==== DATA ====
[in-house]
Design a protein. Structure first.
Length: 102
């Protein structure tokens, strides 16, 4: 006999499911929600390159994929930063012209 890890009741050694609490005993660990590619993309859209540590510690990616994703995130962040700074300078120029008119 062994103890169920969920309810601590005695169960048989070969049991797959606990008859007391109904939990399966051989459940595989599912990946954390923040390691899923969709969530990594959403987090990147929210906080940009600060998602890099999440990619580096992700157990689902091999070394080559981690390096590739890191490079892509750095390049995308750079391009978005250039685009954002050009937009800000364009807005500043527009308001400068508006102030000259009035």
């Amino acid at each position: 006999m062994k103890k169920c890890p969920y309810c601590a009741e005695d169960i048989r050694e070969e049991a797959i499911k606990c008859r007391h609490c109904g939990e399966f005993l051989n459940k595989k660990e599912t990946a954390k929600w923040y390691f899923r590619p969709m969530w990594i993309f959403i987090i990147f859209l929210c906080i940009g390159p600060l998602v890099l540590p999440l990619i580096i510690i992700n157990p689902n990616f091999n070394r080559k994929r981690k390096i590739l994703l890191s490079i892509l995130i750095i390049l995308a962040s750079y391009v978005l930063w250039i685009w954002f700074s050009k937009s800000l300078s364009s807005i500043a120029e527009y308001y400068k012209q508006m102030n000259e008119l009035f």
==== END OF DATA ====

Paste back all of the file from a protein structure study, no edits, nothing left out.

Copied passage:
[in-house]
Design a protein. Structure first.
Length: 102
């Protein structure tokens, strides 16, 4: 006999499911929600390159994929930063012209 890890009741050694609490005993660990590619993309859209540590510690990616994703995130962040700074300078120029008119 062994103890169920969920309810601590005695169960048989070969049991797959606990008859007391109904939990399966051989459940595989599912990946954390923040390691899923969709969530990594959403987090990147929210906080940009600060998602890099999440990619580096992700157990689902091999070394080559981690390096590739890191490079892509750095390049995308750079391009978005250039685009954002050009937009800000364009807005500043527009308001400068508006102030000259009035």
């Amino acid at each position: 006999m062994k103890k169920c890890p969920y309810c601590a009741e005695d169960i048989r050694e070969e049991a797959i499911k606990c008859r007391h609490c109904g939990e399966f005993l051989n459940k595989k660990e599912t990946a954390k929600w923040y390691f899923r590619p969709m969530w990594i993309f959403i987090i990147f859209l929210c906080i940009g390159p600060l998602v890099l540590p999440l990619i580096i510690i992700n157990p689902n990616f091999n070394r080559k994929r981690k390096i590739l994703l890191s490079i892509l995130i750095i390049l995308a962040s750079y391009v978005l930063w250039i685009w954002f700074s050009k937009s800000l300078s364009s807005i500043a120029e527009y308001y400068k012209q508006m102030n000259e008119l009035f």